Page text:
The UK must address a ‘structural failure' in business finance if it is to develop domestic equivalents to the likes of Google or Samsung, according to the British Chambers of Commerce (BCC).
BCC director John Longworth said many firms are unable to secure the financing necessary to grow beyond being small businesses and has urged the government to address what he says is a structural failure when it comes to securing "patient finance."
He said: "There is a long-term, structural failure in business finance in the UK, made worse by the banking crisis, and this hampers our ability to nurture a British Samsung or Google.
"Too often, UK businesses on this journey are ‘hoovered up' by private equity, corporates and international competitors, which can reduce their wealth creation potential and concentrate decision making outside the UK."
Longworth is positive on the impact of overseas investment but has stressed the importance of finding ways to for the UK to become a "national incubator" for firms looking to realise long-term growth ambitions.
The Bank of England announced an extension to the Funding for Lending scheme in April, which allows participants to borrow until January 2015, with incentives to boost lending skewed towards small and medium sized enterprises.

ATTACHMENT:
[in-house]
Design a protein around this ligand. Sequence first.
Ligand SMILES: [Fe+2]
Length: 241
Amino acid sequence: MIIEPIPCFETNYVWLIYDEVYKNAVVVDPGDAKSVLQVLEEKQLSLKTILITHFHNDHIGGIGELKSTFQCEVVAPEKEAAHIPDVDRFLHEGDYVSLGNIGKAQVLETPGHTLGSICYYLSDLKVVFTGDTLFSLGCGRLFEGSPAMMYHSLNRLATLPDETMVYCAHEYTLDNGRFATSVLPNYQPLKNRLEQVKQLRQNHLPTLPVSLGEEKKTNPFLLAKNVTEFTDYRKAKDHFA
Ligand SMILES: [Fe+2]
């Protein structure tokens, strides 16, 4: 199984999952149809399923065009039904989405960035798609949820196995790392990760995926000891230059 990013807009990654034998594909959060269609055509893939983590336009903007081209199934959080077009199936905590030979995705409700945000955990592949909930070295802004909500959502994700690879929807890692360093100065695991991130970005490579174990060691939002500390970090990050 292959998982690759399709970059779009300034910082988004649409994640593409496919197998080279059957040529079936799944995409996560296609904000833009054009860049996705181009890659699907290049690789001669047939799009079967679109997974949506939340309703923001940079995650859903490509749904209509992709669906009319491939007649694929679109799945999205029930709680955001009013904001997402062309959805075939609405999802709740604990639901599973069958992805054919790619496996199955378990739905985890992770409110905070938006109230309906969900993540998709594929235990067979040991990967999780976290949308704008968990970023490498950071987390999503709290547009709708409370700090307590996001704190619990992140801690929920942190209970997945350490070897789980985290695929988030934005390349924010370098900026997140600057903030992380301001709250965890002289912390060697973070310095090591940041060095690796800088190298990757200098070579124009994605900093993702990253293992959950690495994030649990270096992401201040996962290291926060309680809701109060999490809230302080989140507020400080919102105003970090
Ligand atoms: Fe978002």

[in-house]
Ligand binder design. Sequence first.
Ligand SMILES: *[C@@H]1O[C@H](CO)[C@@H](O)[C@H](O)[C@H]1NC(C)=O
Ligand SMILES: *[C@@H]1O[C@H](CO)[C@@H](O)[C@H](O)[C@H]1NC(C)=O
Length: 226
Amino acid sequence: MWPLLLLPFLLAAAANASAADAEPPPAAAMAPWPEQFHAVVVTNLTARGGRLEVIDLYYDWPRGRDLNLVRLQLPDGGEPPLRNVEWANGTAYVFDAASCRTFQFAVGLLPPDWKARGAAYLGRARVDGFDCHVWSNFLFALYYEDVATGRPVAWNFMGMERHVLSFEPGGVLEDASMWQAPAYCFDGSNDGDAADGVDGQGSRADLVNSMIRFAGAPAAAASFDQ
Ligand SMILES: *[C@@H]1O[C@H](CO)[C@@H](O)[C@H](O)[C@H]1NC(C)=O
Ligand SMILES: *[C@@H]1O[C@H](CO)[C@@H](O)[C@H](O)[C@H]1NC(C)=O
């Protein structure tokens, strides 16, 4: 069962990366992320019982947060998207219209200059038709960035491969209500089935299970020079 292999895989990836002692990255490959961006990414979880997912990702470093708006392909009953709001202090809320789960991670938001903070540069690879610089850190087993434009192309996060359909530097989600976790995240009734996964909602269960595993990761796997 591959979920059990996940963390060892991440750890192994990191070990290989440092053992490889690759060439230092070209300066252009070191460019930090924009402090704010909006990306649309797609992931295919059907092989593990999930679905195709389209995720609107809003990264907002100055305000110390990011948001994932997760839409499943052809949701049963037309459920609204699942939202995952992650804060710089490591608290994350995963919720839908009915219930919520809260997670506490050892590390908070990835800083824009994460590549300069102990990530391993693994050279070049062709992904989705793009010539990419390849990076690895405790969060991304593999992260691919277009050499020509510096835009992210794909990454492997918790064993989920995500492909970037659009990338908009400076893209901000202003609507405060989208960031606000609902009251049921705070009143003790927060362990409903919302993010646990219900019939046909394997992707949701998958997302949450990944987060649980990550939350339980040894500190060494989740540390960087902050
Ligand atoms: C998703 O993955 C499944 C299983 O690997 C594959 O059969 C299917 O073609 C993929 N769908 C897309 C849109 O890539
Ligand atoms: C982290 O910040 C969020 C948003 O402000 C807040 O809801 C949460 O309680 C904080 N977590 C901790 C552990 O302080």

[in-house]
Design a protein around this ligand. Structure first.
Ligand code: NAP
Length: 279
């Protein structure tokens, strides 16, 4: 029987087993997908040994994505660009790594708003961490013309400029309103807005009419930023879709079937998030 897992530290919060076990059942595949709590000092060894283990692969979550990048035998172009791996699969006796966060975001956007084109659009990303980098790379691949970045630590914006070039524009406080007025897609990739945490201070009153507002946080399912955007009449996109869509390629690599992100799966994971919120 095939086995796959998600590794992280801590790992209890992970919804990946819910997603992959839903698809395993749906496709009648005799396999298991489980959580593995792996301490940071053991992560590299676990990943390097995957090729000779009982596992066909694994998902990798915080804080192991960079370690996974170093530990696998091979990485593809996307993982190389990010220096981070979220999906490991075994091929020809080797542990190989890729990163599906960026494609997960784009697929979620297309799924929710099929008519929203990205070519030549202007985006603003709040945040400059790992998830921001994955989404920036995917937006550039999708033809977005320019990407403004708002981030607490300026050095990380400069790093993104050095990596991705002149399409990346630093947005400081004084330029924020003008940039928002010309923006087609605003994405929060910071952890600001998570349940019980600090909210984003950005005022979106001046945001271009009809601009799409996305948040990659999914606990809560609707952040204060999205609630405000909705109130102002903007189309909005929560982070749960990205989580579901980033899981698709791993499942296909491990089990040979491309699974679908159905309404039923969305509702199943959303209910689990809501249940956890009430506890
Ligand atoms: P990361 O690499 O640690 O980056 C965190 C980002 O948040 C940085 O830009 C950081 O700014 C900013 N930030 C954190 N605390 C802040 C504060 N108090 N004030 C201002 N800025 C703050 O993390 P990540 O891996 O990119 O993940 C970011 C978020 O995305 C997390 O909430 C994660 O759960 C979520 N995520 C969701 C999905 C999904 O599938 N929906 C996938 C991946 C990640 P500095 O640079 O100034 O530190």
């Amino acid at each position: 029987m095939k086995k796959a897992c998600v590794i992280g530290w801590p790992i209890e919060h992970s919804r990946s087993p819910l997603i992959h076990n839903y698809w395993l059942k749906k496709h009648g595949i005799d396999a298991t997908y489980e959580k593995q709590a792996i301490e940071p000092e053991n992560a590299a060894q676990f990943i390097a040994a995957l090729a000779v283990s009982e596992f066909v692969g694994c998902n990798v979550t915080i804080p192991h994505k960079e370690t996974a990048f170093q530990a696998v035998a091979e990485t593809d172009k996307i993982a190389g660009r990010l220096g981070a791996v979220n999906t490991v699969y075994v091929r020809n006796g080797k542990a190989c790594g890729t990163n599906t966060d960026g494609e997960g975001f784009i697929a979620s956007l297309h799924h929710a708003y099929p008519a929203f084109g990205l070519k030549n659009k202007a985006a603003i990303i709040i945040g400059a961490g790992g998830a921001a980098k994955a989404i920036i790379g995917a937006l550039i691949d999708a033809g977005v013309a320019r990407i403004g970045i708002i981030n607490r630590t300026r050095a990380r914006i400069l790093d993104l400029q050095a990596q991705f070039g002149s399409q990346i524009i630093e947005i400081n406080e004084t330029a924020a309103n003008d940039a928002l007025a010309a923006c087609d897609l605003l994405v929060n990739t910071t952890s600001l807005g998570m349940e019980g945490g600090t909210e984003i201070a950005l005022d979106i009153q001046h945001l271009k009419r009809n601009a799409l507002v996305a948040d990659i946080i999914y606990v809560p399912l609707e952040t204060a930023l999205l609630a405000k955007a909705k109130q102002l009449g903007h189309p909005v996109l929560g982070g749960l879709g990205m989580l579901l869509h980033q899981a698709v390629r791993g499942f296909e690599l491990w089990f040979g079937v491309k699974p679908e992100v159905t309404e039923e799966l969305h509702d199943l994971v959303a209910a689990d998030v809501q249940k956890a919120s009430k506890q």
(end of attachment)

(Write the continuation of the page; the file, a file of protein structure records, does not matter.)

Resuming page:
In November, the Bank announced the extension would be re-focused away from mortgages in 2014 in order to solely support business lending.
Bank of England executive director for markets Paul Fisher said in December that the latest data for the FLS showed lending to small and medium-sized businesses remained subdued.
He said: "An economic recovery has taken hold... But credit supply to businesses remains relatively subdued, especially to SMEs. The refocus of the FLS is designed to continue to support the recovery, where it is needed."
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